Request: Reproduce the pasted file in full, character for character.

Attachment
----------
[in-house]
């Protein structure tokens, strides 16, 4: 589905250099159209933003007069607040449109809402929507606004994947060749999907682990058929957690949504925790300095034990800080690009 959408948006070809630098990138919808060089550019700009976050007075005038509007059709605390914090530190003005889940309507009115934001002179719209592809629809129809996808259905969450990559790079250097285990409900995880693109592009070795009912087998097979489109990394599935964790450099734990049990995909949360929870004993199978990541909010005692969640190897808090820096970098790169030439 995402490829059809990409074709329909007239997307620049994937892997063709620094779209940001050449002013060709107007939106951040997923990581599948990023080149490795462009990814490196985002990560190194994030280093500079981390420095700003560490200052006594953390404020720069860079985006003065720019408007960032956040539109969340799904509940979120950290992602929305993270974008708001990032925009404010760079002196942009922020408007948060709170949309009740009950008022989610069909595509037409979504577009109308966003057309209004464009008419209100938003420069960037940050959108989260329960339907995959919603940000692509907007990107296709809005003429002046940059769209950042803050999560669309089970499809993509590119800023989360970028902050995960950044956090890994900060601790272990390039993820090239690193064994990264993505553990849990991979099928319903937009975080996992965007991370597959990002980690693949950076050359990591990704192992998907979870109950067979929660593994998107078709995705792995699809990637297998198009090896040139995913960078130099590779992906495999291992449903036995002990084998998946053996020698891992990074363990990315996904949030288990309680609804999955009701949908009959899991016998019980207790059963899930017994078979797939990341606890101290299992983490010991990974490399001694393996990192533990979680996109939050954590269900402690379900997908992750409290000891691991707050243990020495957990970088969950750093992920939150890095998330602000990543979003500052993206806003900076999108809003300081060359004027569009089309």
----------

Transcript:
[in-house]
């Protein structure tokens, strides 16, 4: 589905250099159209933003007069607040449109809402929507606004994947060749999907682990058929957690949504925790300095034990800080690009 959408948006070809630098990138919808060089550019700009976050007075005038509007059709605390914090530190003005889940309507009115934001002179719209592809629809129809996808259905969450990559790079250097285990409900995880693109592009070795009912087998097979489109990394599935964790450099734990049990995909949360929870004993199978990541909010005692969640190897808090820096970098790169030439 995402490829059809990409074709329909007239997307620049994937892997063709620094779209940001050449002013060709107007939106951040997923990581599948990023080149490795462009990814490196985002990560190194994030280093500079981390420095700003560490200052006594953390404020720069860079985006003065720019408007960032956040539109969340799904509940979120950290992602929305993270974008708001990032925009404010760079002196942009922020408007948060709170949309009740009950008022989610069909595509037409979504577009109308966003057309209004464009008419209100938003420069960037940050959108989260329960339907995959919603940000692509907007990107296709809005003429002046940059769209950042803050999560669309089970499809993509590119800023989360970028902050995960950044956090890994900060601790272990390039993820090239690193064994990264993505553990849990991979099928319903937009975080996992965007991370597959990002980690693949950076050359990591990704192992998907979870109950067979929660593994998107078709995705792995699809990637297998198009090896040139995913960078130099590779992906495999291992449903036995002990084998998946053996020698891992990074363990990315996904949030288990309680609804999955009701949908009959899991016998019980207790059963899930017994078979797939990341606890101290299992983490010991990974490399001694393996990192533990979680996109939050954590269900402690379900997908992750409290000891691991707050243990020495957990970088969950750093992920939150890095998330602000990543979003500052993206806003900076999108809003300081060359004027569009089309």